Education Undersecretary Gary Bauer, who chairs President Reagan's Working Group on the Family, told a group of black educators in Wisconsin yesterday that "the Bill Cosby show and the values it promotes may ultimately be more important to black children's success than a bevy of new federal programs."
Bauer, the No. 2 official in the Education Department and one of its pointmen on the issues of morality and values in schools, said the administration's push for "traditional values" will benefit poor blacks as well as middle-class whites.
"The set of character traits which we refer to as the Protestant work ethic has been ridiculed and debunked by self-proclaimed intellectuals," Bauer said. "But the facts clearly show that it works for minorities and poor children as well as the children of the suburbs."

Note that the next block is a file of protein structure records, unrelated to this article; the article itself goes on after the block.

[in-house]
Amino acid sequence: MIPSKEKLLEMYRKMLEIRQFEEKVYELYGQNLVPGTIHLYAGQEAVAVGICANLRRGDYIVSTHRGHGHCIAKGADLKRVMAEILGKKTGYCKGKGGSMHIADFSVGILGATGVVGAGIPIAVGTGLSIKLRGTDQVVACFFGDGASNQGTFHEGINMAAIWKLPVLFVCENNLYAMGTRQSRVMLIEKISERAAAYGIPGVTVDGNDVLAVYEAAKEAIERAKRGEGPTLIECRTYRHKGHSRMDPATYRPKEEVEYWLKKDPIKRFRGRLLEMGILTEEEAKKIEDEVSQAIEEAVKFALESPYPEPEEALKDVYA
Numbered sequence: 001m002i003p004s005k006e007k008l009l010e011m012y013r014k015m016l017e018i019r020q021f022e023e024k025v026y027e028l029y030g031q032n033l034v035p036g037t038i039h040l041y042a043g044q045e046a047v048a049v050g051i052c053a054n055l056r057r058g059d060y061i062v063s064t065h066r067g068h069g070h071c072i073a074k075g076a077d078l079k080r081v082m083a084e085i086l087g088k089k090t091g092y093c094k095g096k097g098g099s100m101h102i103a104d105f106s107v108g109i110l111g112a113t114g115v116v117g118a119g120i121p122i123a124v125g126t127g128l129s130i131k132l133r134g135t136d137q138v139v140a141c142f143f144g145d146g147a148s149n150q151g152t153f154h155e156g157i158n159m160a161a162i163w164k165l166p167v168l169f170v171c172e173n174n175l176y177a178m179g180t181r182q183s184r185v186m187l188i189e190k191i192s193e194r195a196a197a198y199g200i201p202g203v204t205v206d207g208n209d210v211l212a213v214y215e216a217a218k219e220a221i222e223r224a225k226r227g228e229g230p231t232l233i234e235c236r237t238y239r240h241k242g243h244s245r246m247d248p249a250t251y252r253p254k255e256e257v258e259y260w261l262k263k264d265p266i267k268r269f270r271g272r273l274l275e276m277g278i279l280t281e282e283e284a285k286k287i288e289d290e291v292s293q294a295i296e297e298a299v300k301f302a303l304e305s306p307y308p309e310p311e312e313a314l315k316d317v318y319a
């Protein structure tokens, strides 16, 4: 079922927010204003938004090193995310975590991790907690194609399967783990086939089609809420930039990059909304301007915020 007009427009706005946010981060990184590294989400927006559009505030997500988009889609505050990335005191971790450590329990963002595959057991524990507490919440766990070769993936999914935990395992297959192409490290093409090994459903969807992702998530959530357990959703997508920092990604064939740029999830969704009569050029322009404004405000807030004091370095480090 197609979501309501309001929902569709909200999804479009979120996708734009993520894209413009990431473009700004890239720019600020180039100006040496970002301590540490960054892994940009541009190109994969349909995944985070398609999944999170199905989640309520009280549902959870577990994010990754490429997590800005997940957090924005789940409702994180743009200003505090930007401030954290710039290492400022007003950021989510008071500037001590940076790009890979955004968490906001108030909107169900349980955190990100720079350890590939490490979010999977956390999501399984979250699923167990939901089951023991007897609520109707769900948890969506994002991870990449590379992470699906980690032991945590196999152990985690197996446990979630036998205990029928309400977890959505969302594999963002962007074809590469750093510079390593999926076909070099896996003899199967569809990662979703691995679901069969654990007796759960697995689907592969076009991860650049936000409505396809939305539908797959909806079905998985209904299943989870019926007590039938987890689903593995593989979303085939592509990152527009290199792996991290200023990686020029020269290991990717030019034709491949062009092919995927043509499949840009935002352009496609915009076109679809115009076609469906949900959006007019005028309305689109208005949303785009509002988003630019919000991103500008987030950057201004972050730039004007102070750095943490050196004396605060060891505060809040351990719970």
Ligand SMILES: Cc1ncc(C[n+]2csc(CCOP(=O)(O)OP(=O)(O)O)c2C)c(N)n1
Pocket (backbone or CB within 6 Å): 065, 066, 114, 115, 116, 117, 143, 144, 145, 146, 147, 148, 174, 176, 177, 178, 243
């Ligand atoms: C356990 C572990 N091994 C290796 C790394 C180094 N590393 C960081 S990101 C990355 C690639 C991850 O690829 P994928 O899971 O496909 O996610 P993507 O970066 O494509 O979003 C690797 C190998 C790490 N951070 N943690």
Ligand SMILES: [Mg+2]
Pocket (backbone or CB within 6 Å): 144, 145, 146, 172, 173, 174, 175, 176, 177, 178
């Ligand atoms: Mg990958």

Bauer's remarks, to the Wingspread Conference in Racine, were billed as a "major policy address" and a precursor of his Working Group on the Family report, due to be released in November. One sidelight of that report, Bauer said in an interview, will be to emphasize the importance of values and character in overcoming drug abuse, teen-age pregnancy and family disintegration in black America.
In the speech, made available here, he praised the "unsung heroes and heroines," who he described as "those countless poor and minority families who manage to stay together and raise their children to responsible adulthood in spite of welfare programs with disincentives to family cohesiveness . . . . "
He said, "If government has contributed in any way to the dissolution of families, particularly the incredible rates of family break-up in the black community, it must move swiftly to rectify the damage."
Bauer also leveled a broadside at "value-neutral" curriculum in America's schools, a constant administration theme. "It is no more possible to educate value-free than it is to educate fact-free," he said.